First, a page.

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Is a second machine age on the way, driven by big data?

MIT's Erik Brynjolfsson and Andrew McAfee see elements that may betoken another machine age, including big data and advances in predictive analytics. And it might not be a mirage.

Science fiction writer Arthur C. Clarke's "third law of prediction" holds that the best technology is like magic. If so, that's both good and bad for IT and data managers, as well as business users: Good, because it truly describes the transformative effect technology can have, and bad because dressing up a new technology as magic is tempting for vendors. To the present: Thanks partly to big data technologies, we could be on the verge of a second machine age, with exponential change on par with the first machine age -- but it could also turn out to be an illusion.

Few technologies fall utterly flat, but many fail to justify their initial hype. Object-oriented databases, neural networks and artificial intelligence are just some examples of technologies that didn't live up their proponents' promises, though they ultimately did amount to something. Now, despite some success stories, the jury is still out on big data as a transforming technology.

Once you go beyond online advertising and marketing, successful big data use cases thin out. Some other killer applications may yet emerge. There are promising signs in agriculture, application management and other data-driven disciplines. But it hasn't quite happened yet.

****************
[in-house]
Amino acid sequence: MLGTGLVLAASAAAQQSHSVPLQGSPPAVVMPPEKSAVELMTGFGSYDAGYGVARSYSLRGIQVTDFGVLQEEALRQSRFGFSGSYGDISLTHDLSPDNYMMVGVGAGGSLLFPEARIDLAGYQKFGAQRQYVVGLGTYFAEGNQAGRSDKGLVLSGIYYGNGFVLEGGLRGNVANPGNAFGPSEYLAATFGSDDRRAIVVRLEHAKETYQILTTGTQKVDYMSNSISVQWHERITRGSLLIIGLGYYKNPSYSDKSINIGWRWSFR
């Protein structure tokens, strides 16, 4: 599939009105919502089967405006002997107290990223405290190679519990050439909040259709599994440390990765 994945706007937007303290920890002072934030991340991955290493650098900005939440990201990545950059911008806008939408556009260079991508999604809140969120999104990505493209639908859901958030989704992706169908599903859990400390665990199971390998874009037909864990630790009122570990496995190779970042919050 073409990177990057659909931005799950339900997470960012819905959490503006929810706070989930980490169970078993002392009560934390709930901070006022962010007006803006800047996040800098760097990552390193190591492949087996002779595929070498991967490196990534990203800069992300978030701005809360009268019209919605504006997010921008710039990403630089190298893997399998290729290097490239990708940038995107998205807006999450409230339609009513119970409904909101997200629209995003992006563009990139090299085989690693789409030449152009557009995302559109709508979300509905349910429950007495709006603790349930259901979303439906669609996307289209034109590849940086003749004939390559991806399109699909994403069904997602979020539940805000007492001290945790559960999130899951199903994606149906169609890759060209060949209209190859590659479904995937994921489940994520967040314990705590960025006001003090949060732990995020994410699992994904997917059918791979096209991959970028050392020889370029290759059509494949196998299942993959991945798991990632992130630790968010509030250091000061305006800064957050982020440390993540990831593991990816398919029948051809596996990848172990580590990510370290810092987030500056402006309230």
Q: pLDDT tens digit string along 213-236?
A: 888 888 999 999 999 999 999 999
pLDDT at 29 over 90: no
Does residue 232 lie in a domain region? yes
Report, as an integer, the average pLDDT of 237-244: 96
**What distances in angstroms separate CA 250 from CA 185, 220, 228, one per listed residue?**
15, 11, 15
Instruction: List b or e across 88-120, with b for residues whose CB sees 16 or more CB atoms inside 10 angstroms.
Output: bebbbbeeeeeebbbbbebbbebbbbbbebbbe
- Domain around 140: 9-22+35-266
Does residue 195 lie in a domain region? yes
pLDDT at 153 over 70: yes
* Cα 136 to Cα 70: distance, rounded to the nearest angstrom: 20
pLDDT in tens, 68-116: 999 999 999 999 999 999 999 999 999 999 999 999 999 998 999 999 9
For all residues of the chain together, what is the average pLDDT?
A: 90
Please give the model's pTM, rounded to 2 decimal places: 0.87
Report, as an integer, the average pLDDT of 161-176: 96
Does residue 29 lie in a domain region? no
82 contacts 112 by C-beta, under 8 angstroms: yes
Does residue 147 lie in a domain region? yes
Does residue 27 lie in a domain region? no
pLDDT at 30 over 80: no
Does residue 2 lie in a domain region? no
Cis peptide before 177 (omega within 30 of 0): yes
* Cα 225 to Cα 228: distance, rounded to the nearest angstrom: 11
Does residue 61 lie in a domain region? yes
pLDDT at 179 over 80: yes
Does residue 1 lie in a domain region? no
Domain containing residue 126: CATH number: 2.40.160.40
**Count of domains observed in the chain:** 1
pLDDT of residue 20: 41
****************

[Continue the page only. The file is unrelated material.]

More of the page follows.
As always, human factors are in play. Digitization is piling up data of all kinds at a prodigious rate. But the useful analysis of that data typically still relies on human judgment, and people have neither grown an extra brain nor exhibited giant leaps in IQ.

The technologist's answer is automation of intelligent operations, machine learning and predictive analytics. And the latter is a particularly charged topic -- foretelling the future has always been a challenge. What's different this time around for predictive analytics to find wider utility?

MIT professor predicts bright predictive future

That and other big data topics were much discussed at last month's MIT Sloan CIO Symposium in Cambridge, Massachusetts. According to Erik Brynjolfsson, an MIT professor and head of the MIT Center for Digital Business, predictive technology is improving at a significant clip. He thinks Internet-scale data is a key difference today. "We do a lot of predictive analytics in my group, especially using Google searches," he said. "I think it's like collective ESP."

Google searches are a window not so much into what people find, but what they're thinking of and what they want, Brynjolfsson said. He added that his group's work has shown you can use that information to predict how people will behave.

"For instance, we can predict with good accuracy what housing prices are going to be in the future," Brynjolfsson said. That is a prediction of a general trend, not what a specific individual will do, he acknowledged. But he cited recommendation engines and online advertising as predictive analytics success stories that are tailored to increasingly more narrow demographics.